OK, what’s the good news?

There is plenty to be optimistic about. Firstly, in most cases, we already know what needs to be done to transform smaller businesses and their supply chains. Much of this work is fairly obvious and mundane – insulating buildings, converting to low carbon energy, sourcing, reusing and recycling materials locally. 

There is no need to wait for another wave of high-tech innovation to save us, but we do need to invest substantial amounts in developing the necessary skills and knowledge so that we can implement (existing) technologies successfully.

Secondly, we now have much more effective ways of engaging SMEs, including a number of evidence-based solutions that can be implemented at scale. For example, policymakers often assumed that the only way to promote environmental improvements is to convince owners and managers that there is a ‘win-win’ – their business will be greener and more profitable, whether through cost savings or by being able to increase prices or sales volumes. But this is not the whole story.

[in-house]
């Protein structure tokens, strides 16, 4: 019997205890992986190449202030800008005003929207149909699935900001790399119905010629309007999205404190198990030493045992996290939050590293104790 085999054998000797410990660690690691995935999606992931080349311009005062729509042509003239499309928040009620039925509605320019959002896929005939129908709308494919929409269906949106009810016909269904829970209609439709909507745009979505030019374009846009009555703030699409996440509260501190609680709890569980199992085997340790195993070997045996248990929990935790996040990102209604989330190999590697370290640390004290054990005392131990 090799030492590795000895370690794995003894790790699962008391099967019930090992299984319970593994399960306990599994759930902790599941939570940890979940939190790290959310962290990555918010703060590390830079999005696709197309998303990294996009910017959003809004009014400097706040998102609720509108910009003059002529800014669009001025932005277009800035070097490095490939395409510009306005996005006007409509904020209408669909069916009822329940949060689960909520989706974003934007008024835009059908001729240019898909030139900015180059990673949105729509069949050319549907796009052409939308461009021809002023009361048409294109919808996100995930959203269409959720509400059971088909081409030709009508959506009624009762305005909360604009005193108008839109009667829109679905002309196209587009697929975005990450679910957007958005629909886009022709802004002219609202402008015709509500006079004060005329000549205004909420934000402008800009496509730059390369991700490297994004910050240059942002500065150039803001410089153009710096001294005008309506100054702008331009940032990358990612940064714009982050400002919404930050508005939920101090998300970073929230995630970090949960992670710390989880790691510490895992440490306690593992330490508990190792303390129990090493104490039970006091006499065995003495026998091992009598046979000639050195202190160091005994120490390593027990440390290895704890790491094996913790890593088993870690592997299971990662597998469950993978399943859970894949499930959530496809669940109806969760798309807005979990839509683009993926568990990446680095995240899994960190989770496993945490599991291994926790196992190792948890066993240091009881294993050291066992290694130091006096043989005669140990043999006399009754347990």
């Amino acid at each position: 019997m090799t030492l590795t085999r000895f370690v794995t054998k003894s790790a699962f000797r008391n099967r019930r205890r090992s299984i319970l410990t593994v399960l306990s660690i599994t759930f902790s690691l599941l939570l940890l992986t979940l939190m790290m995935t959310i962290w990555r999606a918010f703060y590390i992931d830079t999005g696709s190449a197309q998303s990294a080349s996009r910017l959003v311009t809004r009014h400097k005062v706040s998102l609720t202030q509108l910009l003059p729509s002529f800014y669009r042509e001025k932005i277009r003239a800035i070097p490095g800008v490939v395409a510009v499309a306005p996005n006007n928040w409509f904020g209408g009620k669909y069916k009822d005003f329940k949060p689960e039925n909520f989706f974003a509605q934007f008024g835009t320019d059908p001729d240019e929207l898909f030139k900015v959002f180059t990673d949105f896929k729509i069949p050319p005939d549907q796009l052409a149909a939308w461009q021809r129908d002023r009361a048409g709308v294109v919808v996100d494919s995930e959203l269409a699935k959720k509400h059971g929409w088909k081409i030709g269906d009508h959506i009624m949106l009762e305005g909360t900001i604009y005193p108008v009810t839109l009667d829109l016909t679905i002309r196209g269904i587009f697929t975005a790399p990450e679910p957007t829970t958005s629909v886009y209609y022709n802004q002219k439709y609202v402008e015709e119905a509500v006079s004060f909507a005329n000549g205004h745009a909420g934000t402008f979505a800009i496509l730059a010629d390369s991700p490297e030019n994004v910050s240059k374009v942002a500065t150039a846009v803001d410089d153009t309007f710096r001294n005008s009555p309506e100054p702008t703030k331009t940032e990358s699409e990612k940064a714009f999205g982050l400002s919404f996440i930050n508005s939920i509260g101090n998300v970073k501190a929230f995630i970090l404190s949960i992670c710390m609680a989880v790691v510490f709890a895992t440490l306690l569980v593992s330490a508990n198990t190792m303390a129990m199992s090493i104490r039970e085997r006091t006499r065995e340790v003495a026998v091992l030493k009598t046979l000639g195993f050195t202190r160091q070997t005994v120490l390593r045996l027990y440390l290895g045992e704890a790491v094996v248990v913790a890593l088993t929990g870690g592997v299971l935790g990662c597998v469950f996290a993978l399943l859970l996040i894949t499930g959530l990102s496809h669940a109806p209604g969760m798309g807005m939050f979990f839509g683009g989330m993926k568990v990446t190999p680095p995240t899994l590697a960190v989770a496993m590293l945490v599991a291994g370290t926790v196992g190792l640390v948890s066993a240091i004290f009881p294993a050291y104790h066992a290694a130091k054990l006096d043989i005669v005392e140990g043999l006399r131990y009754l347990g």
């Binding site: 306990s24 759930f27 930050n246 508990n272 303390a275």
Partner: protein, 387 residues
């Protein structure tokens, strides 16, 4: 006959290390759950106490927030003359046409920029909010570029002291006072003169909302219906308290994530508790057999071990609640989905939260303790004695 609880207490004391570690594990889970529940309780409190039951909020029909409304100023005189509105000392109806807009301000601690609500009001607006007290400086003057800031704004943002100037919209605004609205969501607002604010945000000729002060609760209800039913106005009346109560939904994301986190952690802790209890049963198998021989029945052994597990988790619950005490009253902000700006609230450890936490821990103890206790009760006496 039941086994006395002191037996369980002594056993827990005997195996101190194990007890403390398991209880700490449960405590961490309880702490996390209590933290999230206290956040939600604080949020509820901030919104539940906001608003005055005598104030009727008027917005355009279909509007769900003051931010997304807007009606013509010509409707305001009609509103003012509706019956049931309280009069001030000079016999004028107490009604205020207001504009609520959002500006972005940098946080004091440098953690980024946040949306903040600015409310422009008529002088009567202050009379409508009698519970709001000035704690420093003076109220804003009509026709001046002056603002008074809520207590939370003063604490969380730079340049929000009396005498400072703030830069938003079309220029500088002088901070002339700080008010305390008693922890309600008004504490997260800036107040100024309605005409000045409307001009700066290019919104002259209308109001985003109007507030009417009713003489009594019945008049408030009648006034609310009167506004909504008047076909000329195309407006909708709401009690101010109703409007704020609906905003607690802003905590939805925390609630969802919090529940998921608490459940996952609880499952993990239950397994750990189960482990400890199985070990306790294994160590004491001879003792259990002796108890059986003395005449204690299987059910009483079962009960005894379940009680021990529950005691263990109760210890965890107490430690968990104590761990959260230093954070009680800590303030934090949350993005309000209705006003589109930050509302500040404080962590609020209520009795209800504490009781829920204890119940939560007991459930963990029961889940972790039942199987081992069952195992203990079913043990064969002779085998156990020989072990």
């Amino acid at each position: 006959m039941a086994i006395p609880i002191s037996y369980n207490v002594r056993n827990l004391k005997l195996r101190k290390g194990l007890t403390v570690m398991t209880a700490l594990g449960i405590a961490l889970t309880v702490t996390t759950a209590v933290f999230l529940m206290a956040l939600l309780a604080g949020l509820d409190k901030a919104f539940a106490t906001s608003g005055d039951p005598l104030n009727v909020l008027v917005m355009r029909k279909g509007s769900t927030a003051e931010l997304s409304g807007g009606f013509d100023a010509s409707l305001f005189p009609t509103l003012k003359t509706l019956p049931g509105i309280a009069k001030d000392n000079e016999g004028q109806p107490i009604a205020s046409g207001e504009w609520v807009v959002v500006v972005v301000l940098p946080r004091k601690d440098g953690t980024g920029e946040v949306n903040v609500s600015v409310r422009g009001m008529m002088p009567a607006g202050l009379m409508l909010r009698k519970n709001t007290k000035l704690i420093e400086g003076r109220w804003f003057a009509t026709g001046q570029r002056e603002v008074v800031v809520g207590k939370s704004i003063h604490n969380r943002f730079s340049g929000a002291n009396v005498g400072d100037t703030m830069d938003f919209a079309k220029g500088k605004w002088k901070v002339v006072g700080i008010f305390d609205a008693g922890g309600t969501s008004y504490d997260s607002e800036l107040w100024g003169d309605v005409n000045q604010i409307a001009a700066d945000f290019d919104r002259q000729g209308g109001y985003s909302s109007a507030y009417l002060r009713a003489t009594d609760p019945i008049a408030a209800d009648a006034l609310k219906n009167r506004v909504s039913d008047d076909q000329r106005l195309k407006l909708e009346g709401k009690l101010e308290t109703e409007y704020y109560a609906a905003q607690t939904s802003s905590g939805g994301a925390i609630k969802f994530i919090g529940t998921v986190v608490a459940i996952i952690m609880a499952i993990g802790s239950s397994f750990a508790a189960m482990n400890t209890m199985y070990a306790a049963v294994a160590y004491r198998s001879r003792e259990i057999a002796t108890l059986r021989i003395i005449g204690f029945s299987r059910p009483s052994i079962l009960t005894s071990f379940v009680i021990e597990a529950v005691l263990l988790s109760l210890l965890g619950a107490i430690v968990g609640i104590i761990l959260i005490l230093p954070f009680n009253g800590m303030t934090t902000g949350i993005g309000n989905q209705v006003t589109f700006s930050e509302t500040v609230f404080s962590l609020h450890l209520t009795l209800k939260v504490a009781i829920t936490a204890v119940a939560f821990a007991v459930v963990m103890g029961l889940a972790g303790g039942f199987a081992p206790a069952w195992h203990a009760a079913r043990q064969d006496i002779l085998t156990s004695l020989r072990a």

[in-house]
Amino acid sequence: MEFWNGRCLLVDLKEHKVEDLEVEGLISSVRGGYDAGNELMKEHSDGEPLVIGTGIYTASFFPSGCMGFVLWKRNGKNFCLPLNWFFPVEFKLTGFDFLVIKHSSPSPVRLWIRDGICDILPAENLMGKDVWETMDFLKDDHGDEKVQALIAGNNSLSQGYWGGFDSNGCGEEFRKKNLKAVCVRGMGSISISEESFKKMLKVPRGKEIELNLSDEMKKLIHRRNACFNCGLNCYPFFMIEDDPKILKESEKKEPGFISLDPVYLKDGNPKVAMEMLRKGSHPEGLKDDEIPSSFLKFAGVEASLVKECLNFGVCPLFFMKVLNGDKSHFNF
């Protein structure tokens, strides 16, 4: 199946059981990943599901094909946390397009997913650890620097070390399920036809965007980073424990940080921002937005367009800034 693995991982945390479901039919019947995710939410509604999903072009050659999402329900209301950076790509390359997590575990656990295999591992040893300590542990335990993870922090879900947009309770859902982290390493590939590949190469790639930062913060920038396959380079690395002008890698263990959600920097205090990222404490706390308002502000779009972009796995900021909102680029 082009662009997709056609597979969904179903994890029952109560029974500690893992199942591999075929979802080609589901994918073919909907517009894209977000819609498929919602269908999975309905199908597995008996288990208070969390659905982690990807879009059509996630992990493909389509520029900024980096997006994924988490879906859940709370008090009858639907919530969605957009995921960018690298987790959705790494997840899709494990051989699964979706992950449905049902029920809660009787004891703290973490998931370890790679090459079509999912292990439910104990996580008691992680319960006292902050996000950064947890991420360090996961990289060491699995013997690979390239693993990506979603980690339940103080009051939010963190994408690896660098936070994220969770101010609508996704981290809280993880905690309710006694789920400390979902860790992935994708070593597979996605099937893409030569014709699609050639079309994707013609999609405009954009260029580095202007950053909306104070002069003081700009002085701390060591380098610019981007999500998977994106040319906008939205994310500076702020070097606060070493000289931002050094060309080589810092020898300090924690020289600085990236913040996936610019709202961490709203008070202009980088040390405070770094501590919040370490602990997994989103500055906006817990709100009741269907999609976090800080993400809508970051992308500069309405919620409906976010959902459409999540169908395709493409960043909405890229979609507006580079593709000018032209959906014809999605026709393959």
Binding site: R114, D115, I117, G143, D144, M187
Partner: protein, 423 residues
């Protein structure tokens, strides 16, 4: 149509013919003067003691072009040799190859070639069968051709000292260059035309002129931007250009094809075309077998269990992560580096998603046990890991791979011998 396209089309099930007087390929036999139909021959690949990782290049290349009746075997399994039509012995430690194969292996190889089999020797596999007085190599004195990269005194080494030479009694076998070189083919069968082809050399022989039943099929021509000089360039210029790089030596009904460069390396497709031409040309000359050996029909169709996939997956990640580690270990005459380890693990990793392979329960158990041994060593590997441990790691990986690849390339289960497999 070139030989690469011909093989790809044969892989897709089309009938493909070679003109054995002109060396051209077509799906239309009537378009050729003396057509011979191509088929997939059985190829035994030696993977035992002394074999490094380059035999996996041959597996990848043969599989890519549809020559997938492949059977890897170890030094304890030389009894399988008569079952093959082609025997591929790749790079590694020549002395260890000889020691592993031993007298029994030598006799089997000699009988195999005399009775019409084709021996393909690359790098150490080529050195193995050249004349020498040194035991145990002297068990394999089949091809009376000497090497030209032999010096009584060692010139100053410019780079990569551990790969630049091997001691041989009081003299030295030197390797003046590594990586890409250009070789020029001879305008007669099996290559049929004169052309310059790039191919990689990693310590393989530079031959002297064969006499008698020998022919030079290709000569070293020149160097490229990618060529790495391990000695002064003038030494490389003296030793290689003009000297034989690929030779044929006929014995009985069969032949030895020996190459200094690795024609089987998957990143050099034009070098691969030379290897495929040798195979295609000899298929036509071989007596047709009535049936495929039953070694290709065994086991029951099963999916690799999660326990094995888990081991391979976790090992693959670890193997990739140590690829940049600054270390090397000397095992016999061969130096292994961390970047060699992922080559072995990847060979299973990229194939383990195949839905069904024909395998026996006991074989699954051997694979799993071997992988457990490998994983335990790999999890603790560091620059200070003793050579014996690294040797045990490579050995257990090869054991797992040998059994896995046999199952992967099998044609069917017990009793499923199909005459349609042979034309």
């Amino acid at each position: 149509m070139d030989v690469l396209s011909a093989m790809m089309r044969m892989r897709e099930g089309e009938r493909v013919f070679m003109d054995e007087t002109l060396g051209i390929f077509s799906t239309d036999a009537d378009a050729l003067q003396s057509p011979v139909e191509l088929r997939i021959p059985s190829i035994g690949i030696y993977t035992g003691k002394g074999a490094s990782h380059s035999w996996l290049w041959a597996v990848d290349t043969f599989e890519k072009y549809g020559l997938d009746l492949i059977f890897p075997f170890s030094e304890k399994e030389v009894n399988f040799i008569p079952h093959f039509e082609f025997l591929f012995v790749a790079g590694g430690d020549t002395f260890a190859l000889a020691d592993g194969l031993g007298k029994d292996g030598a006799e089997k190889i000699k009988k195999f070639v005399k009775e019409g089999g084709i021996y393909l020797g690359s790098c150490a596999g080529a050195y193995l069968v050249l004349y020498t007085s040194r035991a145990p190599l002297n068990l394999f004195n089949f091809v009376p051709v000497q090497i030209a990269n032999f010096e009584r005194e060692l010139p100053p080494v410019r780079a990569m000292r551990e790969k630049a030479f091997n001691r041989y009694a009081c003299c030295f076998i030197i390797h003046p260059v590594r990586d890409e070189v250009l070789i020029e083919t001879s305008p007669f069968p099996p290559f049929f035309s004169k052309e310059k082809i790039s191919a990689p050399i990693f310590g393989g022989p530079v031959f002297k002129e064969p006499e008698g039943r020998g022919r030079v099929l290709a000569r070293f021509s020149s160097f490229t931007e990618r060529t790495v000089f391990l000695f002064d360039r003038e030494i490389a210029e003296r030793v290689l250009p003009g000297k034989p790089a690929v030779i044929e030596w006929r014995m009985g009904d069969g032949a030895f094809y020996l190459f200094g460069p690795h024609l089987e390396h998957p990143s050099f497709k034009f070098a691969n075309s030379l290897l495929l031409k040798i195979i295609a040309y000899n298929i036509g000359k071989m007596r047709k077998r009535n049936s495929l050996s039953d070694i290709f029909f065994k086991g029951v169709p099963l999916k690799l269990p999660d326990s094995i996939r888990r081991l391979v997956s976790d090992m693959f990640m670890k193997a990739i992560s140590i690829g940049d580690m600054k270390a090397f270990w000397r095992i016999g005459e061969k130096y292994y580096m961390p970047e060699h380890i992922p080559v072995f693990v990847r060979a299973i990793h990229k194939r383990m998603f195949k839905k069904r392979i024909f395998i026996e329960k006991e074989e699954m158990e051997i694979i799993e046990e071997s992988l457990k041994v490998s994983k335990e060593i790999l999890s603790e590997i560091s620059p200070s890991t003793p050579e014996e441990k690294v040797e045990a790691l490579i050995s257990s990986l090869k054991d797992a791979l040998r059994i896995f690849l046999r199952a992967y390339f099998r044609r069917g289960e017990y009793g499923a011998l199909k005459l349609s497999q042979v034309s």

Research that we have conducted at the OU, and evidence from other published studies, indicates that the promise of a quick financial return is unlikely to achieve real, lasting transformations. However, it is possible to get these changes underway if you can make direct connections with their values.

So what do we need to do next?

To conclude, here are four policy priorities, based on a recent review of relevant research findings (Blundel and Hampton, 2021):

  1. A much better evidence base – including more detailed data on SME energy use and carbon emissions.
  2. Rigorous evaluation of existing models of business support, ranging from local schemes to international initiatives such as the UN’s SME Climate Commitment.
  3. More in-depth research on the role and influence of intermediaries, advisors, and support networks in promoting change.
  4. A better understanding of the role of personal, professional and organisational values and how they can be mobilised to drive pro-environmental actions.

There is also an urgent need for improved signposting and coordination of information and services, to help SMEs navigate the cluttered landscape of initiatives, guides and projects.

And lastly, despite growing consensus around the need for a just transition, it is not yet clear how the zero-carbon transition can become inclusive and equitable. The SME population is highly diverse, and further research and policy intervention is needed to ensure that businesses owned by ethnic minorities and women, rural-based SMEs and those affected most by COVID-19 do not lose out.


Blundel, R. and Hampton, S. (2021) How Can SMEs Contribute to Net Zero?: An Evidence Review. Enterprise Research Centre, Warwick